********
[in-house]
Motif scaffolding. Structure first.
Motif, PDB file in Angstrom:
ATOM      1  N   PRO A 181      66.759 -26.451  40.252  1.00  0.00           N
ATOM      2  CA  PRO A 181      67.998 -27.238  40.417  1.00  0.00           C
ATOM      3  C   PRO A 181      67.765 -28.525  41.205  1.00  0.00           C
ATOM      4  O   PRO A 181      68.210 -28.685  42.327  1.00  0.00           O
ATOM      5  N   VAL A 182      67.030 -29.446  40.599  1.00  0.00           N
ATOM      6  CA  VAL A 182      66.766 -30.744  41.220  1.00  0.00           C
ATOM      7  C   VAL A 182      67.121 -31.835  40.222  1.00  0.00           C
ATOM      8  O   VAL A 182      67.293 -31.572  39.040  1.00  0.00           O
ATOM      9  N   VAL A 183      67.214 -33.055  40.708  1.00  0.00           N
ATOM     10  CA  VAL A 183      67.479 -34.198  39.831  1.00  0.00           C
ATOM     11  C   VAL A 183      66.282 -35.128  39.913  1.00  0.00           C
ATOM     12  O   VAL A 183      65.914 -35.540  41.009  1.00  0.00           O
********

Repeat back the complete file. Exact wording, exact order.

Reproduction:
[in-house]
Motif scaffolding. Structure first.
Motif, PDB file in Angstrom:
ATOM      1  N   PRO A 181      66.759 -26.451  40.252  1.00  0.00           N
ATOM      2  CA  PRO A 181      67.998 -27.238  40.417  1.00  0.00           C
ATOM      3  C   PRO A 181      67.765 -28.525  41.205  1.00  0.00           C
ATOM      4  O   PRO A 181      68.210 -28.685  42.327  1.00  0.00           O
ATOM      5  N   VAL A 182      67.030 -29.446  40.599  1.00  0.00           N
ATOM      6  CA  VAL A 182      66.766 -30.744  41.220  1.00  0.00           C
ATOM      7  C   VAL A 182      67.121 -31.835  40.222  1.00  0.00           C
ATOM      8  O   VAL A 182      67.293 -31.572  39.040  1.00  0.00           O
ATOM      9  N   VAL A 183      67.214 -33.055  40.708  1.00  0.00           N
ATOM     10  CA  VAL A 183      67.479 -34.198  39.831  1.00  0.00           C
ATOM     11  C   VAL A 183      66.282 -35.128  39.913  1.00  0.00           C
ATOM     12  O   VAL A 183      65.914 -35.540  41.009  1.00  0.00           O